More info at www.myalamedaparade.com.
FREE

July 4  •  Independence Day on the USS Hornet. Visit the aircraft carrier for a family-oriented patriotic holiday. Tour the ship, play carnival games, ride a flight simulator or listen to Eddie & The Boppers and others.
10 a.m.–10 p.m. $25 adults ($22 advance), $10 children (some discounts available). (510) 521-8448, www.hornetevents.com, or www.uss-hornet.org.

July 6–10  •  Mosaic Camp. The Institute of Mosaic Art offers a “Mosaic Summer Camp For Adults” in Jingletown. This is a beginners’ workshop. Fee is $625, plus $30–$50 for materials. Discussions on contemporary and historical mosaic topics, guest teachers and/or lecturers, videos presentations and field trips to local mosaic sites are included.
3001 Chapman St., Oakland, (510) 437-9899, www.instituteofmosaicart.com.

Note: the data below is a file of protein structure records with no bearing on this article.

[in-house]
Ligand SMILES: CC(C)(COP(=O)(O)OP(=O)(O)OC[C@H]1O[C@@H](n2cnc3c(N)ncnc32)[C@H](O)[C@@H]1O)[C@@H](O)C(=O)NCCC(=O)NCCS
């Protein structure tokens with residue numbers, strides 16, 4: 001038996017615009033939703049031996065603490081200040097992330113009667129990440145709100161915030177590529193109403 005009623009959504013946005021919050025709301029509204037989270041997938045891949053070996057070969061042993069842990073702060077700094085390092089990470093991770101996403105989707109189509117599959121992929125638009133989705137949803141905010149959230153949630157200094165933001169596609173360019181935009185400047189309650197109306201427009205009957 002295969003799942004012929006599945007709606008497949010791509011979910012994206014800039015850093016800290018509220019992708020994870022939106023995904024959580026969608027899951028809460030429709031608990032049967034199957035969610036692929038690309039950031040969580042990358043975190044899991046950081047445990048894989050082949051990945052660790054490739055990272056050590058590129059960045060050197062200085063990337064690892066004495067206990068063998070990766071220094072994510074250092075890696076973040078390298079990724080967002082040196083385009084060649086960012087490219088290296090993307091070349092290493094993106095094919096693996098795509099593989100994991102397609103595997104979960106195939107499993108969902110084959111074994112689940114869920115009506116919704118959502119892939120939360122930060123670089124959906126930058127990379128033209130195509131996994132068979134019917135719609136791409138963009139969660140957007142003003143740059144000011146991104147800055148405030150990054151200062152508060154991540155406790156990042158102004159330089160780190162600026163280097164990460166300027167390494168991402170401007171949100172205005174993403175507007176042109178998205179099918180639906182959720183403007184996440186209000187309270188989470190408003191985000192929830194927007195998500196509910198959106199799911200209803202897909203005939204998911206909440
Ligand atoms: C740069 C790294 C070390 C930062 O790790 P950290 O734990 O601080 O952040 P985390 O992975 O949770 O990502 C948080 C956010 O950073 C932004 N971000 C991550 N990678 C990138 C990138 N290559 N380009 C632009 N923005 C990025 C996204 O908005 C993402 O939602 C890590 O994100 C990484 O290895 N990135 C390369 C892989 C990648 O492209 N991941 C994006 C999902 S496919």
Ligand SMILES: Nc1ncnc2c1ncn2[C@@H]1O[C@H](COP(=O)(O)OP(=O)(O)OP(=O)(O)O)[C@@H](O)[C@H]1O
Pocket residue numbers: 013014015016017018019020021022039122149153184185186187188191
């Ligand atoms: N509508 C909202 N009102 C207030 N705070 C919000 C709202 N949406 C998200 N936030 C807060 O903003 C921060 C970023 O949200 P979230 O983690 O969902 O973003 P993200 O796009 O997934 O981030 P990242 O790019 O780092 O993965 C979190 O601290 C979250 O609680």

July 8  •  Summer Sounds. The band Future Perfect brings its R&B/soul music to Oakland City Center’s Summer Sounds series.
Noon–1 p.m. 13th Street and Broadway,(510) 628-8490, www.oaklandcitycenter.com.
FREE

July 8–Aug. 2  •  Private Lives. Cal Shakes associate artist Mark Drucker directs Noël Coward’s mischievous romantic comedy about a pair of exes bunking next to each other in hotel honeymoon suites. Times vary. Tickets $40–$63 (some discounts available).
California Shakespeare Theater, Bruns Amphitheater, 100 Gateway Blvd., Orinda, (510) 548-3422, www.calshakes.org.

July 9  •  Rise Against. With Rancid and Billy Talent. Parking opens at 5:30, doors at 6:30, show at 7:30.